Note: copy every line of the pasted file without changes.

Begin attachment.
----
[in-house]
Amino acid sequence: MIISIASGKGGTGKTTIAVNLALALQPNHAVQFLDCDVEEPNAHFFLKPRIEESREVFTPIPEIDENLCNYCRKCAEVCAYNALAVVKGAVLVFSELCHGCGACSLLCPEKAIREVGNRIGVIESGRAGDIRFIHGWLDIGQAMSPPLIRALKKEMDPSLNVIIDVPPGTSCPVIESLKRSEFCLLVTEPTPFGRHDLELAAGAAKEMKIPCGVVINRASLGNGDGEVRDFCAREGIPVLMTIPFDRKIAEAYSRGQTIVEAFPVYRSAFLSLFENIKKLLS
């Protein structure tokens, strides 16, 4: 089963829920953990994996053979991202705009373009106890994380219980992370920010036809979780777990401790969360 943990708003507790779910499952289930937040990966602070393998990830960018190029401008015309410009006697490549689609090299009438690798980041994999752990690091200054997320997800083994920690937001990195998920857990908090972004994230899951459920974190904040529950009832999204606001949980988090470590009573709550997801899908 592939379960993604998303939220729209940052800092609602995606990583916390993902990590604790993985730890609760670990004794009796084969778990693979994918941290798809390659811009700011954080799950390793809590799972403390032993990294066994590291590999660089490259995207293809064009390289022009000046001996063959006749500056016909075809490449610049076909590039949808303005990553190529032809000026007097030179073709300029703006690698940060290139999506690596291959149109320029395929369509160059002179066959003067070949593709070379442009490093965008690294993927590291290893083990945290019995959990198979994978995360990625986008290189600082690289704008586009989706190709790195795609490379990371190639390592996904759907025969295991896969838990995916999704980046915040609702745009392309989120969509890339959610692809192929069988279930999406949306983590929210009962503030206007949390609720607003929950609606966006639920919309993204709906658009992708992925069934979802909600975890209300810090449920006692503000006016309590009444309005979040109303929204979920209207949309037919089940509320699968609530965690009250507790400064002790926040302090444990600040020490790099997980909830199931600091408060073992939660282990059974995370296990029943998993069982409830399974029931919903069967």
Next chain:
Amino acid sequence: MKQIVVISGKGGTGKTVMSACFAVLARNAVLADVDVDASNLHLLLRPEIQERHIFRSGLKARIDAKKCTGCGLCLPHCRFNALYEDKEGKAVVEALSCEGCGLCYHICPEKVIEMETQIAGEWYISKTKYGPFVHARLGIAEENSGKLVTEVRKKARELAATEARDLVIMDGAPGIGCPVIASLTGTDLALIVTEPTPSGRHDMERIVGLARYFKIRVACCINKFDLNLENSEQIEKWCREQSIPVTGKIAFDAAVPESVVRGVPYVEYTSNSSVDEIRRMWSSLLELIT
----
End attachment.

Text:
[in-house]
Amino acid sequence: MIISIASGKGGTGKTTIAVNLALALQPNHAVQFLDCDVEEPNAHFFLKPRIEESREVFTPIPEIDENLCNYCRKCAEVCAYNALAVVKGAVLVFSELCHGCGACSLLCPEKAIREVGNRIGVIESGRAGDIRFIHGWLDIGQAMSPPLIRALKKEMDPSLNVIIDVPPGTSCPVIESLKRSEFCLLVTEPTPFGRHDLELAAGAAKEMKIPCGVVINRASLGNGDGEVRDFCAREGIPVLMTIPFDRKIAEAYSRGQTIVEAFPVYRSAFLSLFENIKKLLS
């Protein structure tokens, strides 16, 4: 089963829920953990994996053979991202705009373009106890994380219980992370920010036809979780777990401790969360 943990708003507790779910499952289930937040990966602070393998990830960018190029401008015309410009006697490549689609090299009438690798980041994999752990690091200054997320997800083994920690937001990195998920857990908090972004994230899951459920974190904040529950009832999204606001949980988090470590009573709550997801899908 592939379960993604998303939220729209940052800092609602995606990583916390993902990590604790993985730890609760670990004794009796084969778990693979994918941290798809390659811009700011954080799950390793809590799972403390032993990294066994590291590999660089490259995207293809064009390289022009000046001996063959006749500056016909075809490449610049076909590039949808303005990553190529032809000026007097030179073709300029703006690698940060290139999506690596291959149109320029395929369509160059002179066959003067070949593709070379442009490093965008690294993927590291290893083990945290019995959990198979994978995360990625986008290189600082690289704008586009989706190709790195795609490379990371190639390592996904759907025969295991896969838990995916999704980046915040609702745009392309989120969509890339959610692809192929069988279930999406949306983590929210009962503030206007949390609720607003929950609606966006639920919309993204709906658009992708992925069934979802909600975890209300810090449920006692503000006016309590009444309005979040109303929204979920209207949309037919089940509320699968609530965690009250507790400064002790926040302090444990600040020490790099997980909830199931600091408060073992939660282990059974995370296990029943998993069982409830399974029931919903069967």
Next chain:
Amino acid sequence: MKQIVVISGKGGTGKTVMSACFAVLARNAVLADVDVDASNLHLLLRPEIQERHIFRSGLKARIDAKKCTGCGLCLPHCRFNALYEDKEGKAVVEALSCEGCGLCYHICPEKVIEMETQIAGEWYISKTKYGPFVHARLGIAEENSGKLVTEVRKKARELAATEARDLVIMDGAPGIGCPVIASLTGTDLALIVTEPTPSGRHDMERIVGLARYFKIRVACCINKFDLNLENSEQIEKWCREQSIPVTGKIAFDAAVPESVVRGVPYVEYTSNSSVDEIRRMWSSLLELIT